Fortunately for my family, I don’t think my empty seat at the Thanksgiving table is particularly missed anymore. Last year, when one of my beloved uncles had a stroke and later died, I found out about it on Facebook from a friend of my cousins. No one thought to tell me about it. Their excuse was that they told my sister to tell me. I used to feel very close to these people, but none of them thought enough of me to send me an email or a private message on Facebook. Maybe they see me as a defective member of the gene pool for turning out liberal…

I’m not the only one, by the way. I have another cousin who is a black sheep because he’s not only liberal, but gay. We often commiserate. Last time he went home to see his father– same guy who sent me racist videos and emails– he got into an argument with him about racism and homophobia and was turned out of the house in the middle of the night. This was in November in rural Virginia, so it wasn’t like he could go to a hotel with ease. So much for a loving and supportive family, right? Only if you think and act the way they do…

It occurs to me that this may be why I relate so well to ex Mormons. People who leave the LDS church, particularly when they are members of families with a long history and heritage in the church, are generally very brave individuals who can’t unring the bell. They can’t align with the church anymore, so they strike out on their own. They get ostracized and ridiculed and shunned… and they often turn out to be very interesting and empathetic people who can relate to others.

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23andMe

Guess I’m not Spanish or Italian anymore…

23andMe just updated their algorithm again. According to them, I no longer have Spanish or Italian DNA. I’m a little bummed about it. Now, instead of Spanish and Italian DNA, I have gone back to having Scandinavian DNA.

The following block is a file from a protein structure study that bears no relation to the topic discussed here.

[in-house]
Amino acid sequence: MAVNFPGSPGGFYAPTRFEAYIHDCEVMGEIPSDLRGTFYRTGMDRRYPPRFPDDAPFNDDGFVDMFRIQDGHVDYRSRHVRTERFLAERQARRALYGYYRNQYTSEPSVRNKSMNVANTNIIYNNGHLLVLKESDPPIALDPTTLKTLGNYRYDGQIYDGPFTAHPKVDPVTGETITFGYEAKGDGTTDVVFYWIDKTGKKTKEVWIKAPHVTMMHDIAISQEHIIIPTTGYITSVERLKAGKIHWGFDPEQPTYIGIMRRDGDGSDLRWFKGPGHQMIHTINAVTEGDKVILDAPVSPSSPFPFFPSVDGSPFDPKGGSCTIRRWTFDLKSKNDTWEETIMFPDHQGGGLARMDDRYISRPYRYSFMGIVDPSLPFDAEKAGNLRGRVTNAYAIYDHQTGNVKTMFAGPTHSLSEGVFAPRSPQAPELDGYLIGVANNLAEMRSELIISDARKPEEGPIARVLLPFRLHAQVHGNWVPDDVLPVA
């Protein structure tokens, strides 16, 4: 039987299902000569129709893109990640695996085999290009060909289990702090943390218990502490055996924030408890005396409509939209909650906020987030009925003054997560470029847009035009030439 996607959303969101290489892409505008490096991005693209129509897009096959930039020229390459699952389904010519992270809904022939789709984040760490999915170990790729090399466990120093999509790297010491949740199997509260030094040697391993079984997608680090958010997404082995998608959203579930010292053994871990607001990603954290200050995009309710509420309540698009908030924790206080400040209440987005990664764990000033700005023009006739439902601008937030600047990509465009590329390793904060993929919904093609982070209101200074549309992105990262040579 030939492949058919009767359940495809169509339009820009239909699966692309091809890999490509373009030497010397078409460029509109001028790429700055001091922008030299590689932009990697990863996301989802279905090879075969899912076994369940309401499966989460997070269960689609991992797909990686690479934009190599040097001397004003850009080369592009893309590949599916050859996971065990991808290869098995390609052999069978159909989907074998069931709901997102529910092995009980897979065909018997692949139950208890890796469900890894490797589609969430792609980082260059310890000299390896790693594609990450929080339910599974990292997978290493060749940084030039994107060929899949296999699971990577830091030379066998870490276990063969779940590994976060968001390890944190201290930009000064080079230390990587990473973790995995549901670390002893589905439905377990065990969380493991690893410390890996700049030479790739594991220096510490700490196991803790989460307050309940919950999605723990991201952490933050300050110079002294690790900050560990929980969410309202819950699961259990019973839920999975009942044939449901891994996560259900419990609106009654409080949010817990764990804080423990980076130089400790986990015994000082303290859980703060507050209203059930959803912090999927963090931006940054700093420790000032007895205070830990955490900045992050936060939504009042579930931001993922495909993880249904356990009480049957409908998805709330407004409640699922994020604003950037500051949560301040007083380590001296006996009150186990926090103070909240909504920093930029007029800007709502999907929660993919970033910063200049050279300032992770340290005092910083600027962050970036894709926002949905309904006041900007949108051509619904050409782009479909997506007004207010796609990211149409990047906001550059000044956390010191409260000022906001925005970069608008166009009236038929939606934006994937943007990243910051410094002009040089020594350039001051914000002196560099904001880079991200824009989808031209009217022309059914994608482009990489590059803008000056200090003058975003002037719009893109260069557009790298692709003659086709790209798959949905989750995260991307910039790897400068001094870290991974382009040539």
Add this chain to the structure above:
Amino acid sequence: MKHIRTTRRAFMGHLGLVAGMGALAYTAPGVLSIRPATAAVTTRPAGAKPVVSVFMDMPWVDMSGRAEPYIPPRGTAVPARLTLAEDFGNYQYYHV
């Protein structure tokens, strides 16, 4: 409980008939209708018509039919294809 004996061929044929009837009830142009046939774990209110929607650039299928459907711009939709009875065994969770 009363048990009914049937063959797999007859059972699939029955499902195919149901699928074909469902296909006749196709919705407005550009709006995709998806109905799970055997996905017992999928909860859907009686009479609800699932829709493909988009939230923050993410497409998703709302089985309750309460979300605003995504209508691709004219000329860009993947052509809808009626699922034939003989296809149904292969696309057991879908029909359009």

Back in September 2017, Bill and I submitted saliva samples to 23andMe. These were my original results.

South Asian? That was surprising. Turns out it was also apparently wrong.

About fourteen months ago, 23andMe updated again. This time, they said I had Scandinavian DNA to go with my majority British heritage.

I always wondered if maybe there was a little Swede in my creed.

But then they updated again… and until a couple of days ago, they had removed the Scandinavian connection and added .7% Spanish, Portuguese, and .5% Italian ancestry. I also went up a trace in British and Irish ancestry, as well as Native American. I could believe the Native American connection, given that my people have been in Virginia for a couple of centuries. I figured at least one or two of them must have gotten with a local. And I could also see the Spanish connection because of the Spanish Armada. There is such a thing as “Black Irish” people– those are Irish folks who have dark hair and dark eyes because they made babies with people from Spain. Also consider that Spain actually isn’t that far from Britain or Ireland as the crow flies… and that they got their dark features from people in Africa. Southern Spain is not so far from Morocco, you know.

I kind of enjoyed thinking I might have a dash of spicy Spanish or zesty Italian in my DNA. But, then 23andMe ran their data again and, wouldn’t you know it? I’m not only no longer Spanish or Italian at all; I’m also a tiny bit more Native American.